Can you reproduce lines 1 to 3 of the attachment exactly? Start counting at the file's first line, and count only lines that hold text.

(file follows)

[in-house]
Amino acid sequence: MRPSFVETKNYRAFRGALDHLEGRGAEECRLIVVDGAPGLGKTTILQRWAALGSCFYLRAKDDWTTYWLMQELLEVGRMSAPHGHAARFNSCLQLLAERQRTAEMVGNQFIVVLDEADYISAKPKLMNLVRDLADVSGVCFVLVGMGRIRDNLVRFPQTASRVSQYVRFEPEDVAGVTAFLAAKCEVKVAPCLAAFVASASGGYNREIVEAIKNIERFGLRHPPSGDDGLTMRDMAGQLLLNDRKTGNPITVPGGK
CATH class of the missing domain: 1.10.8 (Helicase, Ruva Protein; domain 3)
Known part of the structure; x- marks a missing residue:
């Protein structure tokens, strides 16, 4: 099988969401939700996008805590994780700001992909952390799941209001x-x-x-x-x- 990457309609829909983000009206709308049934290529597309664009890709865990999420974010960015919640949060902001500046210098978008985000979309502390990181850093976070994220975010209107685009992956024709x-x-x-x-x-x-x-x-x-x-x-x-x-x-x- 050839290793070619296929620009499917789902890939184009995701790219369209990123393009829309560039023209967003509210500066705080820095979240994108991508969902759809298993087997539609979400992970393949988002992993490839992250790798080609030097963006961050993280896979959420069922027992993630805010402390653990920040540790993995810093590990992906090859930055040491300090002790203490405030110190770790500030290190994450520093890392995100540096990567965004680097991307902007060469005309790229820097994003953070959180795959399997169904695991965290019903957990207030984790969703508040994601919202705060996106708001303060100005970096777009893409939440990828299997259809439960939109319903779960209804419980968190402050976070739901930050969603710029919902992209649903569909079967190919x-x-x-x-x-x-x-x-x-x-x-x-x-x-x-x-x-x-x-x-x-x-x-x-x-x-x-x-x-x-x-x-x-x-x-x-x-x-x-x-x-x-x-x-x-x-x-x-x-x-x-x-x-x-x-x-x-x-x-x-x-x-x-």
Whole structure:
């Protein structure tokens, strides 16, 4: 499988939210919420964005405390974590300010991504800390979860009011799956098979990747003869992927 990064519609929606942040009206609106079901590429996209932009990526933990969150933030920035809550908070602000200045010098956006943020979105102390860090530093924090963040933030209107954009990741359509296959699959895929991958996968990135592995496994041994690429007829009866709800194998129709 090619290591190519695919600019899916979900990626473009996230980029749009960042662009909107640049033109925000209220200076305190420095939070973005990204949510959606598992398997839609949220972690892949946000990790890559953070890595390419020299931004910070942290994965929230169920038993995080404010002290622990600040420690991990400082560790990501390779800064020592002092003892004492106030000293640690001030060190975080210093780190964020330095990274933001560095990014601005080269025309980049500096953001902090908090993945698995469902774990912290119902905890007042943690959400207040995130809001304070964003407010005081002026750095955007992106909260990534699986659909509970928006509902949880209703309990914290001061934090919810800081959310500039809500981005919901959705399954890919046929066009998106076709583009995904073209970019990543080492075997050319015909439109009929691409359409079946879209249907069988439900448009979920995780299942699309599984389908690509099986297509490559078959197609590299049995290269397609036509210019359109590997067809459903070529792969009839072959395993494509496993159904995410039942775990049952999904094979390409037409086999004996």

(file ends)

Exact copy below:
[in-house]
Amino acid sequence: MRPSFVETKNYRAFRGALDHLEGRGAEECRLIVVDGAPGLGKTTILQRWAALGSCFYLRAKDDWTTYWLMQELLEVGRMSAPHGHAARFNSCLQLLAERQRTAEMVGNQFIVVLDEADYISAKPKLMNLVRDLADVSGVCFVLVGMGRIRDNLVRFPQTASRVSQYVRFEPEDVAGVTAFLAAKCEVKVAPCLAAFVASASGGYNREIVEAIKNIERFGLRHPPSGDDGLTMRDMAGQLLLNDRKTGNPITVPGGK
CATH class of the missing domain: 1.10.8 (Helicase, Ruva Protein; domain 3)